BACK IN THE GAME
Dynamic and innovative, the Canadian aerospace industry experienced a tremendous expansion during the 1990s, led by world-class companies such as Bombardier, Pratt & Whitney Canada and CAE Inc. But underneath the surface were problems: lagging R&D investment, inadequate productivity and a supply base that was unprepared for stiffer global competition (AW&ST Dec. 4, 2000, p. 54). Those problems were laid bare during the commercial downturn that began in 2001. Today, Canadian aerospace is an industry in transition. While still a world leader in many fields, its companies are scrambling to become leaner and better focused in an era of globalization. Their success, or failure, will determine whether Canada retains its enviable position in global aerospace.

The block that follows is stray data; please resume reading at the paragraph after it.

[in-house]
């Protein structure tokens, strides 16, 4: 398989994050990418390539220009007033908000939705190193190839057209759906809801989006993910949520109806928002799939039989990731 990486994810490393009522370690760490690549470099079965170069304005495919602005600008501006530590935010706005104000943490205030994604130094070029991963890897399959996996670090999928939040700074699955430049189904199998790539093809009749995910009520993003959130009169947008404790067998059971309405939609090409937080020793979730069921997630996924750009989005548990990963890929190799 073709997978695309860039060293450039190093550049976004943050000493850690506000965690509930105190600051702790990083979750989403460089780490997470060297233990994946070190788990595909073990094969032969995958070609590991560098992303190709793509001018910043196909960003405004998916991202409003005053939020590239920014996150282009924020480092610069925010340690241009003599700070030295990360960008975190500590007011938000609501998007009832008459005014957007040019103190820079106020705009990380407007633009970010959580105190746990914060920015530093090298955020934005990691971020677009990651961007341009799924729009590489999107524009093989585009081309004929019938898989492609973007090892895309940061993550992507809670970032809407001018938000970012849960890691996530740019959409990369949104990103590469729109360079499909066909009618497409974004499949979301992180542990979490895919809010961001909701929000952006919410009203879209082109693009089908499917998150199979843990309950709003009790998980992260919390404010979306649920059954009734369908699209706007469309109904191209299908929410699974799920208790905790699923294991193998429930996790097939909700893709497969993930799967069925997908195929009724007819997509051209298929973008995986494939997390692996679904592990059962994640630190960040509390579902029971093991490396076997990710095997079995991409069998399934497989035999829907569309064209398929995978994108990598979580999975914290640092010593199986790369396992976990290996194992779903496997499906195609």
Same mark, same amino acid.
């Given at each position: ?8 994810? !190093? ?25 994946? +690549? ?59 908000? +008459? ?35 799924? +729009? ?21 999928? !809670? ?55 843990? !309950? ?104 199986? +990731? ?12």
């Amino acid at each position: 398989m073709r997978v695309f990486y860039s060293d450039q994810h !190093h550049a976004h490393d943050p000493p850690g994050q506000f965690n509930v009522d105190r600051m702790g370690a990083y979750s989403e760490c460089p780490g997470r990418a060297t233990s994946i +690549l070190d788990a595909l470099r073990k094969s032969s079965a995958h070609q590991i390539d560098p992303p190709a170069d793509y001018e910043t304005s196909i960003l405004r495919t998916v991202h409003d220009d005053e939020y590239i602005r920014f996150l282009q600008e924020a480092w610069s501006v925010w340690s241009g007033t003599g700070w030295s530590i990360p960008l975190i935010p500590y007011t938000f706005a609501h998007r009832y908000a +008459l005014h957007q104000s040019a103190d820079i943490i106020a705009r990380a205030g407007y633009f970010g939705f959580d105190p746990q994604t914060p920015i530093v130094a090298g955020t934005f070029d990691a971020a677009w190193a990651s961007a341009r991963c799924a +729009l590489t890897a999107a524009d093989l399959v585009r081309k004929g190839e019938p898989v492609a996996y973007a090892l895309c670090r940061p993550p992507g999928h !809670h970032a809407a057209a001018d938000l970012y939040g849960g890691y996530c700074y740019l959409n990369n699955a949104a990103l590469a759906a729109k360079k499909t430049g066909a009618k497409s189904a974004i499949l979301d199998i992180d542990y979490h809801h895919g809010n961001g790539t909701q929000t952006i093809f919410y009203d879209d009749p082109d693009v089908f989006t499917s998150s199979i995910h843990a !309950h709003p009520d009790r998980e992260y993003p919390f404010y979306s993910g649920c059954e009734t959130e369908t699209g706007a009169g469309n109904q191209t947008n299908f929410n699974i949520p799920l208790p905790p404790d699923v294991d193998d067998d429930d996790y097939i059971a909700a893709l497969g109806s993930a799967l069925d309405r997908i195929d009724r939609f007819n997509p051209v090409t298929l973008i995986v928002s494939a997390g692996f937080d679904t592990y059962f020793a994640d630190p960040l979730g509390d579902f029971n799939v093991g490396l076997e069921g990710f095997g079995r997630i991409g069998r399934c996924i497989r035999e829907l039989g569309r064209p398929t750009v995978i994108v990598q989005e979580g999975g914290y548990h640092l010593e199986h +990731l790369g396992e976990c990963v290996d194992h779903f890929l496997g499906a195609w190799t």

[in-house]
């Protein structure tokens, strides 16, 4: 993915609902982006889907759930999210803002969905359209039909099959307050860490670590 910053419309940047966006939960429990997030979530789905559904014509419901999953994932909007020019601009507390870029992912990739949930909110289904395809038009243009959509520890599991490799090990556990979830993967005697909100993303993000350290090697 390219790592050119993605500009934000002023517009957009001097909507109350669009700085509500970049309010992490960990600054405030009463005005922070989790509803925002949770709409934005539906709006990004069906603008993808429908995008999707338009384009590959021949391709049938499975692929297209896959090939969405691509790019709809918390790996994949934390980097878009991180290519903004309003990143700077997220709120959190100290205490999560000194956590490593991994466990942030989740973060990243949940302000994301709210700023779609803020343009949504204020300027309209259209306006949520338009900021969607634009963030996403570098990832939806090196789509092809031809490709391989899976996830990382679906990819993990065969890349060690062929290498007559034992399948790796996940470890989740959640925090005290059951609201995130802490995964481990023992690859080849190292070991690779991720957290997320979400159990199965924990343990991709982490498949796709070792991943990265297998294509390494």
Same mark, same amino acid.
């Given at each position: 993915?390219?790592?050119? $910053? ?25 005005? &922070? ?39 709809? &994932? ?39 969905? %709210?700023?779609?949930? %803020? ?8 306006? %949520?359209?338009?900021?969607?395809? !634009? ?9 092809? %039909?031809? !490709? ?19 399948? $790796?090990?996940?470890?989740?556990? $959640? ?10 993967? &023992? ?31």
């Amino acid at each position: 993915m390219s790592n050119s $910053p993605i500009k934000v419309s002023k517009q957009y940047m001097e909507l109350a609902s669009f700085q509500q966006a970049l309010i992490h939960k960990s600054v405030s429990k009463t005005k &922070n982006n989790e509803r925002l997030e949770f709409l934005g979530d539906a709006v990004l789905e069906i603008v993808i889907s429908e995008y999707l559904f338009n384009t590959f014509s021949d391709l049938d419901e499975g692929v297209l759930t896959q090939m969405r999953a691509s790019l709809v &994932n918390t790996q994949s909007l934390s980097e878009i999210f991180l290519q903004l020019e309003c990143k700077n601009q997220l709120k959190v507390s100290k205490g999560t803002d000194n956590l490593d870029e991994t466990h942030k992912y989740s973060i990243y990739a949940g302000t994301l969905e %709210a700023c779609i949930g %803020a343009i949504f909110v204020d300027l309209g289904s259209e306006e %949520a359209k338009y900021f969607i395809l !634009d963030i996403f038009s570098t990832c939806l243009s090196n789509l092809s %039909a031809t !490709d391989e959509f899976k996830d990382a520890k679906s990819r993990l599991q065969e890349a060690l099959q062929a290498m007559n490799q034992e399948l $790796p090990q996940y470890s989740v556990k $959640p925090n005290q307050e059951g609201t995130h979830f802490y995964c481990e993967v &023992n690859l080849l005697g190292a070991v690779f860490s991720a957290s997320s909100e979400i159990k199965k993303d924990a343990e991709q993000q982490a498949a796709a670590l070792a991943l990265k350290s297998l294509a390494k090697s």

During the 1990s, Robert E. Brown helped build Bombardier into an innovative and admired airplane manufacturer. He rose to CEO, but was forced out after the company fell on hard times. Now he's in the CEO's chair at CAE Inc., attempting to restructure the world's leading flight simulation company in an era of brutal global competition.
It's a story that might be called Brown's second act, except that there have been many acts for the 60-year-old aerospace veteran. While he doesn't have the high profile of CEOs such as L-3 Communications' Frank C. Lanza or Southwest Airlines co-founder Herb Kelleher, the low-key Brown is something of an icon in Canadian business circles.
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